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Back in Capernaum - Mark 2:1-12
by Travis Dean

April 24, 2010


Our story today finds Jesus back in Capernaum. It wasn’t that long ago that He left this place due in part to an unhealthy popularity. It might seem a little strange that He is back so soon. It reminds me of when I was a student at Southern Adventist University. I had made a personal vow to never move back to Collegedale after graduating. Don’t get me wrong. It’s a very nice town. Lots of really nice people are there. Some of the most honorable Seventh day Adventists live there. It’s a great place for your children’s education. There is Adventist education from daycare up through master’s degree programs. In spite of all these great benefits I felt suffocated by all the Adventists. I grew up in an area where there were only a few. While I was marketing my carpentry business door-to-door, I couldn’t believe how many Adventists I met. And so, this environment induced me to make a vow to never return to live in Collegedale. For about 5 years I remained true to my vow. The time came, though, when I had to decide between Cesilia and my vow. As you can tell, I chose Cesilia. It was one of the best decisions I’ve ever made. I ended up living in Collegedale for 5 years, and believe I am a better person for it. In fact, the process we’re using to go through the book of Mark I actually became acquainted with while in Collegedale. We’ll find out in our story today that it was also a blessing for Jesus to go back to Capernaum.

 

We’ll begin with a summary: Returning to Capernaum, Jesus began teaching in Simon’s house. The people crowded in and around the house in order to hear Him. Meanwhile, four men opened up the roof and lowered a paralyzed man down to Jesus. When Jesus told the man his sins were forgiven, the scribes were offended. Jesus demonstrated His authority to forgive sins by empowering the paralyzed man to get up. When the people saw him walk out carrying his bed, they were amazed and glorified God.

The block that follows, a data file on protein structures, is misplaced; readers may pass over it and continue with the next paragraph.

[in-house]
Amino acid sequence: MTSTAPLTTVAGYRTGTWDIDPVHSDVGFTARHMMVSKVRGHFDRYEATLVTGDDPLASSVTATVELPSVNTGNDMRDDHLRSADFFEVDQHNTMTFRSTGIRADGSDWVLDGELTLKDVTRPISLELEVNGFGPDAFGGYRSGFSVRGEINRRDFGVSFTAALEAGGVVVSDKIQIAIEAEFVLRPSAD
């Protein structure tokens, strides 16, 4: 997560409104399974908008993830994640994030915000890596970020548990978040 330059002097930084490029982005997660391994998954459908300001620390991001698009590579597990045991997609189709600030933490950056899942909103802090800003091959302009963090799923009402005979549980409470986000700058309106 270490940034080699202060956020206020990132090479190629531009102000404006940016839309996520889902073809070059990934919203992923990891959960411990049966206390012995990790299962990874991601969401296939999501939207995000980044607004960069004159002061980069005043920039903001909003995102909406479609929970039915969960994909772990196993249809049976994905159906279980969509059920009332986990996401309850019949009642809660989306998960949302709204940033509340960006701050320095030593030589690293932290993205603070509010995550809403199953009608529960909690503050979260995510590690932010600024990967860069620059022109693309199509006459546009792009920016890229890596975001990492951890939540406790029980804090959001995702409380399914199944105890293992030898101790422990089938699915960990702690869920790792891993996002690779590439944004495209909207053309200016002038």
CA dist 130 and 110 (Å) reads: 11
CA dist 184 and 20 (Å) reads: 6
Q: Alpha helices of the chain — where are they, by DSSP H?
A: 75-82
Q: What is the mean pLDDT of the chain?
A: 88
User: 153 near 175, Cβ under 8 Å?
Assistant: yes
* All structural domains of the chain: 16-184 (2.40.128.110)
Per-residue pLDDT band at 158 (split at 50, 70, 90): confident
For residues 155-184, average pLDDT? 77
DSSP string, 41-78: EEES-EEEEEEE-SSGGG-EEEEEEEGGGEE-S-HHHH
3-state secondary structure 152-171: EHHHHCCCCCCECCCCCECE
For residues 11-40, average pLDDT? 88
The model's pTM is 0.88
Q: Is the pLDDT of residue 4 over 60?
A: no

Let’s consider now what Jesus experienced in our story. First, He experienced a call to return. This call brought Him back to Capernaum. It also brought him back to Simon’s house. Mark just says He was “in the house”. In other words He was in the same house as when He was in Capernaum last time. This statement could also be translated “at home”. Simon’s house was Jesus’ home away from home. Jesus’ call to return also brought Him back to a place of popularity. Mark says “Immediately, many gathered together.” Jesus’ popularity doesn’t seem to have abated any since He was there last time. Second, Jesus experienced a disturbance. While Jesus is teaching the people, someone starts tearing the roof apart. Luke says in his gospel account that they removed “the tiling” (Luke 5:19). This was a type of clay pottery. It probably wasn’t very solid, consisting of only clay and water. Its removal certainly could have caused some debris down below. After the dust clears, a man is lowered on a “bed”. This certainly wasn’t a bed like we think of today with a frame, mattress, and a box spring. It was probably more like a quilt or a mat. It was used for sleeping, eating, sitting, and in times of sickness. Jesus shows no signs of being irritated by this disturbance. Mark tells us what impressed Jesus about this incident. Mark says “Jesus saw their faith”. Behind the disturbance He saw a faith that impressed Him.

 

Third, Jesus experiences in our story forgiving an offense. He addresses the man as “Son”. This word actually means “child”. But in a direct address it is translated “My son”. What a picture this gives us! It resembles the parable of the prodigal son in Luke 15. Jesus tells the paralytic his sins are forgiven. The word “sins” is from a word meaning “to miss the mark”. Jesus is referring to the man’s mistakes and failures. He is referring to all the things this man has done that have not met God’s standards. He says his sins are “forgiven”. This word is often translated “to be gone” or “to leave”. Jesus is telling the paralytic that his failures have been thrown away. They are gone. These words are Jesus’ first words to this man. He immediately gets to the point. He addresses what has separated this man from God. Jesus’ words show that He is anxious for reconciliation. He assures the paralytic that all the things that have brought separation between them are now gone.